National Center for
3VP5: X-ray Crystal Structure of Wild Type HrtR in the Holo Form
J. Biol. Chem. (2012) 287 p.30755-30768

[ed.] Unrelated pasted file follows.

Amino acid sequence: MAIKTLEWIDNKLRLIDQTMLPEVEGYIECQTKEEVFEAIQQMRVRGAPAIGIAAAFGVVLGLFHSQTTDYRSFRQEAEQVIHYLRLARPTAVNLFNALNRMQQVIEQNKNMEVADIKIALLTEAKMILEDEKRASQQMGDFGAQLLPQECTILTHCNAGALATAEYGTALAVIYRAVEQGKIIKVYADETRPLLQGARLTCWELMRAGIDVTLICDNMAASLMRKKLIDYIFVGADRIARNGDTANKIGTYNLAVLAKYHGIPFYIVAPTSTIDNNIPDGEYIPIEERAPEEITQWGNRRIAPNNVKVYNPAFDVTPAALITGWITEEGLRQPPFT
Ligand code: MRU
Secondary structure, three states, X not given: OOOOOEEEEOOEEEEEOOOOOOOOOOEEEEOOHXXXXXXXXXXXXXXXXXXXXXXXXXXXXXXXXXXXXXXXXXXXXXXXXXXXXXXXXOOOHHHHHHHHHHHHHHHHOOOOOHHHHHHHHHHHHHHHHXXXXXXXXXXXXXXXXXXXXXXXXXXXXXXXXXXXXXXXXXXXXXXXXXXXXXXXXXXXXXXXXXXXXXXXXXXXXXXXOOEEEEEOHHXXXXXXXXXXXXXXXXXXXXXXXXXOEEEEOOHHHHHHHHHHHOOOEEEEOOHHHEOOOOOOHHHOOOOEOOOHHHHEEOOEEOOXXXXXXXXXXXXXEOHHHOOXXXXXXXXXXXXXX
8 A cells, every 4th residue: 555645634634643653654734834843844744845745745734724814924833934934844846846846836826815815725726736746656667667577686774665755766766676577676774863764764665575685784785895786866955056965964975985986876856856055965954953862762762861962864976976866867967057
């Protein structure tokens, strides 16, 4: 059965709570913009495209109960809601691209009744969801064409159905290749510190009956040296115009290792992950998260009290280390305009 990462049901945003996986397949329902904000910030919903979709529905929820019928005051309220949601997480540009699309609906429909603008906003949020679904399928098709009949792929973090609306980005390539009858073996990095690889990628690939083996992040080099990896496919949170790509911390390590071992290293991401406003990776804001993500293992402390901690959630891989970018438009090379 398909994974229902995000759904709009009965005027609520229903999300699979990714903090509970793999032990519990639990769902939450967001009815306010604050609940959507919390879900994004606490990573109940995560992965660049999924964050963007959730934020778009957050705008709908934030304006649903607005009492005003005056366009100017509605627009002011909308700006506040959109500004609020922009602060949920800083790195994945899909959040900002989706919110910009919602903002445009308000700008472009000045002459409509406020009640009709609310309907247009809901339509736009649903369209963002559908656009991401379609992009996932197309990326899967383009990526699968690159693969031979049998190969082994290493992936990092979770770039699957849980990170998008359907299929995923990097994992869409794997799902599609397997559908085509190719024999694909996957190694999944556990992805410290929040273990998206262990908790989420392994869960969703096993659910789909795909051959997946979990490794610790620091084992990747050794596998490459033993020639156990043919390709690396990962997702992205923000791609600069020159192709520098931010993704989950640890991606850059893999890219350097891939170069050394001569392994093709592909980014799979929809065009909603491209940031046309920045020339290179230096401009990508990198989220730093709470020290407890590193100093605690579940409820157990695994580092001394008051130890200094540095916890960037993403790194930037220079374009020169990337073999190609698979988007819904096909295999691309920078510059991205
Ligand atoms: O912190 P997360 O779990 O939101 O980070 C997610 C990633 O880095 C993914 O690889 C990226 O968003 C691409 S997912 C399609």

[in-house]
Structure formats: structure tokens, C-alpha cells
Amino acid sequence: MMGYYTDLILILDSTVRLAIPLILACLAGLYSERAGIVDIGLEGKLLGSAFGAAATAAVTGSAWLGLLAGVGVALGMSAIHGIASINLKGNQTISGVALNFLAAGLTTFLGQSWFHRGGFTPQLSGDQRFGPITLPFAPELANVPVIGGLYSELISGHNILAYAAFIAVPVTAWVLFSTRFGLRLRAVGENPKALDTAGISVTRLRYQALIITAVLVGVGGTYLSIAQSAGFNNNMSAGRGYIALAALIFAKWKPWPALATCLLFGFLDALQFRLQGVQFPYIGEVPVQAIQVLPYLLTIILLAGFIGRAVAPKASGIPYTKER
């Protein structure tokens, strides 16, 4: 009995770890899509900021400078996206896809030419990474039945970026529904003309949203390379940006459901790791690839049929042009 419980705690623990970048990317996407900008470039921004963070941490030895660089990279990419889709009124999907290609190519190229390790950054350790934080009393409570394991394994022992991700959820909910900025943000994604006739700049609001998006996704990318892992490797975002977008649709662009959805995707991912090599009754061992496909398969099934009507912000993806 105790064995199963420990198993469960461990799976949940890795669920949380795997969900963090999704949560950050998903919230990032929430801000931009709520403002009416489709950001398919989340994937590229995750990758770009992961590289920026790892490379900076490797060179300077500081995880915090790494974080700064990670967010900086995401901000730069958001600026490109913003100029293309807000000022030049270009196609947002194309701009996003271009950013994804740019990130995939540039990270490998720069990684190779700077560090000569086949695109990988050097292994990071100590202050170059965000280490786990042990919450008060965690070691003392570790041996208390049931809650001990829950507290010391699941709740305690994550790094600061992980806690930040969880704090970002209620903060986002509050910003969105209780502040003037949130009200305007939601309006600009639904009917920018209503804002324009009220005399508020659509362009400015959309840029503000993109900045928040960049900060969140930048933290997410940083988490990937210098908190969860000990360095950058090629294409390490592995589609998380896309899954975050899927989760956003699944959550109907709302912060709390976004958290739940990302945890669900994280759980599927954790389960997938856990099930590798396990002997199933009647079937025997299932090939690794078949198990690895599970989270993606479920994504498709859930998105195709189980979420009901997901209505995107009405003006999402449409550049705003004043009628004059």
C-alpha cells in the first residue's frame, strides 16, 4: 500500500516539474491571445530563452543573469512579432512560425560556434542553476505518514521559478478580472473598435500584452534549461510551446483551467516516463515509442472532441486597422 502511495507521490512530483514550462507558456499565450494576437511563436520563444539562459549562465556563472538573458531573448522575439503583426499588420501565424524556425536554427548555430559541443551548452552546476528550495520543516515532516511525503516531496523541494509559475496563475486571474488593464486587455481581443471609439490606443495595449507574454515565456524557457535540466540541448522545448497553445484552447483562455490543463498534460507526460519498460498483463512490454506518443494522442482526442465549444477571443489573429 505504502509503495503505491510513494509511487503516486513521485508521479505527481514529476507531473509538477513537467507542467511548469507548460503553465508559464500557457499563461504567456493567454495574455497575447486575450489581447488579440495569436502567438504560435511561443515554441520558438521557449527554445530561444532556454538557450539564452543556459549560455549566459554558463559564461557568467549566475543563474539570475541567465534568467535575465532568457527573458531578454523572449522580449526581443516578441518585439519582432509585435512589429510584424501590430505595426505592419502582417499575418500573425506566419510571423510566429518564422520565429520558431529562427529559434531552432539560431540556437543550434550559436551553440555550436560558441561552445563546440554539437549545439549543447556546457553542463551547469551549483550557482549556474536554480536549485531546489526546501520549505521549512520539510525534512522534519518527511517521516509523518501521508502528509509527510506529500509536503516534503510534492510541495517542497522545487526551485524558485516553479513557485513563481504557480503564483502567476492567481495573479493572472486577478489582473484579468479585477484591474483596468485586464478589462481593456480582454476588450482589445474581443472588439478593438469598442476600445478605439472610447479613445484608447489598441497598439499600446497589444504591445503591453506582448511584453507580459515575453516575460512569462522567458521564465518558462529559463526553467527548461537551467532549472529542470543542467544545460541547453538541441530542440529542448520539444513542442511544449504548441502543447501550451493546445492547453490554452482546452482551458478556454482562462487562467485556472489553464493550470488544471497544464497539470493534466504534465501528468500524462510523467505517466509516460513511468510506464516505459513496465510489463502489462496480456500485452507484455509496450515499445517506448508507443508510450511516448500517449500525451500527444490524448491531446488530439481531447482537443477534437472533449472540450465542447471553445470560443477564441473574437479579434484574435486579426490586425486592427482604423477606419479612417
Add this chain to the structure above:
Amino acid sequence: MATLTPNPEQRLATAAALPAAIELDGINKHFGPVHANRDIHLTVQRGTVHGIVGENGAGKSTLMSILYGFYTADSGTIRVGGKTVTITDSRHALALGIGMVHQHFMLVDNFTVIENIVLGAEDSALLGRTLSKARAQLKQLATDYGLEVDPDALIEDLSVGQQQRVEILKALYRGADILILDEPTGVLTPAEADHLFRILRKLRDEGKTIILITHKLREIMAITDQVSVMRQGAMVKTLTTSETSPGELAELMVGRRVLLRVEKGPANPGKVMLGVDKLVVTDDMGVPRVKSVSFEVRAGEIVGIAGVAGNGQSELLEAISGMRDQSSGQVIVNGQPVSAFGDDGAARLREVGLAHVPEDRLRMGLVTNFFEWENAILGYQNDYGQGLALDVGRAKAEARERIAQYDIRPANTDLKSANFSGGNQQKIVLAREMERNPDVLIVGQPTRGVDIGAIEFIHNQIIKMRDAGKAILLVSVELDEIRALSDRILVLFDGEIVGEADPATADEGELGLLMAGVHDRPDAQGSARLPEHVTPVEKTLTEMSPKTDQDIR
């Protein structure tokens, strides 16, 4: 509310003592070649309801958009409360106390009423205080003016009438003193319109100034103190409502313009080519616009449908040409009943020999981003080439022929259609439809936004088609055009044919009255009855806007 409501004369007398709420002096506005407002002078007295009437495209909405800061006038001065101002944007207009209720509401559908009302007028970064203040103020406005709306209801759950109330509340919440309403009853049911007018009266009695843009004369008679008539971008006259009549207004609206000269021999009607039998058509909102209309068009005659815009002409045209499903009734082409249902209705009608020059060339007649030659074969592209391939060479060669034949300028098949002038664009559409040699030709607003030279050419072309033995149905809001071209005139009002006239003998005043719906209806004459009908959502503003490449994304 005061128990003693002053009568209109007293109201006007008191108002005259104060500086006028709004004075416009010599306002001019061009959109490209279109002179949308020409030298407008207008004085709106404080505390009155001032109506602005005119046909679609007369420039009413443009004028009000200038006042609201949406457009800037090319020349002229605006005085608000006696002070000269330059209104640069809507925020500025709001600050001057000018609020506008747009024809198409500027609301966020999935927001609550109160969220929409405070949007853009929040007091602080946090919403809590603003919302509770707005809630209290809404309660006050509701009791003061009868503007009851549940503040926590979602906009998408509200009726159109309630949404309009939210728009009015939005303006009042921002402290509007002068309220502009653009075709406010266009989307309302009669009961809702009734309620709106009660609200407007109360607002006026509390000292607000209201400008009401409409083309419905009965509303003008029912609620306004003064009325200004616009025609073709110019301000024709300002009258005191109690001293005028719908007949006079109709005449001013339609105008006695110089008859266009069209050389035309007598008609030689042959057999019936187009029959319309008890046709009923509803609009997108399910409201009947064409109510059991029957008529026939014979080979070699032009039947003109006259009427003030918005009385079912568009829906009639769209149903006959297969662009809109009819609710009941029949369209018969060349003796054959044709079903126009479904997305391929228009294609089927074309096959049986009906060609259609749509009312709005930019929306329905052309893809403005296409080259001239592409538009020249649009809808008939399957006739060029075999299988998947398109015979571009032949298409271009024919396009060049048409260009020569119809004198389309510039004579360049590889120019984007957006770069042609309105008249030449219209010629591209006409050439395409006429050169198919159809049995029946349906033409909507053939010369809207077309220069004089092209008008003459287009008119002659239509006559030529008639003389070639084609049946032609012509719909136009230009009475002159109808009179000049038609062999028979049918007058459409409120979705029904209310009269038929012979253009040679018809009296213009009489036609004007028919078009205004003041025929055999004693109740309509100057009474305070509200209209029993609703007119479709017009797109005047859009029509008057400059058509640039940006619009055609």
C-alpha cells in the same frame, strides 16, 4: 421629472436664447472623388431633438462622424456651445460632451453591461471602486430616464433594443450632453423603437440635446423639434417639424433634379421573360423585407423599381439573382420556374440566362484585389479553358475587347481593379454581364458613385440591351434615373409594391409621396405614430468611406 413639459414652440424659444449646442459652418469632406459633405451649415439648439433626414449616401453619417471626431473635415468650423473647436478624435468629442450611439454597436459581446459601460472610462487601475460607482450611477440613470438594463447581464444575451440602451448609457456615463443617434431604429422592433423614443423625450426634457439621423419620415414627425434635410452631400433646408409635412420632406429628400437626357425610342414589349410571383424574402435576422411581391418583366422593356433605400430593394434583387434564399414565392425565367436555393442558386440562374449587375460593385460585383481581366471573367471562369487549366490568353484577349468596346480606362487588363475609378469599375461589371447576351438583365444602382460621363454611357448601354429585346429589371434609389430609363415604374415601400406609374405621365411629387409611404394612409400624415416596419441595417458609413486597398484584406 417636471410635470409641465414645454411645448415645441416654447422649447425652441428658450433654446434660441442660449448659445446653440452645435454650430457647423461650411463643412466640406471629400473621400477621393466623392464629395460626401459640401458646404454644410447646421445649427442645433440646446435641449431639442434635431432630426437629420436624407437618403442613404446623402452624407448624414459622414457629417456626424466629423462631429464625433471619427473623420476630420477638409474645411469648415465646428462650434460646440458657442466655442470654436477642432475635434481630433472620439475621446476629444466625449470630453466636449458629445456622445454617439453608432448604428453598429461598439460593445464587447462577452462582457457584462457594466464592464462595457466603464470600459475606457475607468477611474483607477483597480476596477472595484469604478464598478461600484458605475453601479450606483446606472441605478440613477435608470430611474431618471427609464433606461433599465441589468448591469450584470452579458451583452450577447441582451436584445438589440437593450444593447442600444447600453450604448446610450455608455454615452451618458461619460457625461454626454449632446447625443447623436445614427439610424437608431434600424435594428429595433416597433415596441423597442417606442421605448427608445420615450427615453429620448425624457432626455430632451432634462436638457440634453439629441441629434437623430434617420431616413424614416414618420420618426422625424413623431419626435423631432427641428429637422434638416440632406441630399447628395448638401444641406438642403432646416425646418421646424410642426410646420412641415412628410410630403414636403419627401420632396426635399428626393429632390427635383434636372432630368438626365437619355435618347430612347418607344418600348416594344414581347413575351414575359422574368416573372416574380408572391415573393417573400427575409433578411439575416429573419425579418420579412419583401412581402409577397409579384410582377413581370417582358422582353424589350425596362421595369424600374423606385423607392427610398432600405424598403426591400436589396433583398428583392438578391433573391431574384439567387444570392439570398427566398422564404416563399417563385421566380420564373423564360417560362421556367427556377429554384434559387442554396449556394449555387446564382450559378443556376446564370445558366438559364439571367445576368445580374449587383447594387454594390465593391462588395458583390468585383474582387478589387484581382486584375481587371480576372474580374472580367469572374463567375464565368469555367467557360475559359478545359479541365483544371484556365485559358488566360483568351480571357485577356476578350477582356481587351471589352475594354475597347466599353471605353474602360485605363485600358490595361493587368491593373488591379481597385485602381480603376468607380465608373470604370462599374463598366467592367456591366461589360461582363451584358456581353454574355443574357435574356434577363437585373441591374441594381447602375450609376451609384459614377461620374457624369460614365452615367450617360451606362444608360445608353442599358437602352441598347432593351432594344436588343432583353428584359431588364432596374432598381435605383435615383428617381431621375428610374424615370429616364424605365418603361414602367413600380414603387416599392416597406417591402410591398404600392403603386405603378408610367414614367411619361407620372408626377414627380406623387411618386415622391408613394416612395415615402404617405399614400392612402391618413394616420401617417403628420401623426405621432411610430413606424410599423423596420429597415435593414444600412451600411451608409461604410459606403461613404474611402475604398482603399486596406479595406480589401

Although heme is a crucial element for many biological processes including respiration, heme homeostasis should be regulated strictly due to the cytotoxicity of free heme molecules. Numerous lactic acid bacteria, including Lactococcus lactis, acquire heme molecules exogenously to establish an aerobic respiratory chain. A heme efflux system plays an important role for heme homeostasis to avoid cytotoxicity of acquired free heme, but its regulatory mechanism is not clear. Here, we report that the transcriptional regulator heme-regulated transporter regulator (HrtR) senses and binds a heme molecule as its physiological effector to regulate the expression of the heme-efflux system responsible for heme homeostasis in L. lactis. To elucidate the molecular mechanisms of how HrtR senses a heme molecule and regulates gene expression for the heme efflux system, we determined the crystal structures of the apo-HrtR.DNA complex, apo-HrtR, and holo-HrtR at a resolution of 2.0, 3.1, and 1.9 A, respectively. These structures revealed that HrtR is a member of the TetR family of transcriptional regulators. The residue pair Arg-46 and Tyr-50 plays a crucial role for specific DNA binding through hydrogen bonding and a CH-pi interaction with the DNA bases. HrtR adopts a unique mechanism for its functional regulation upon heme sensing. Heme binding to HrtR causes a coil-to-helix transition of the alpha4 helix in the heme-sensing domain, which triggers a structural change of HrtR, causing it to dissociate from the target DNA for derepression of the genes encoding the heme efflux system. HrtR uses a unique heme-sensing motif with bis-His (His-72 and His-149) ligation to the heme, which is essential for the coil-to-helix transition of the alpha4 helix upon heme sensing.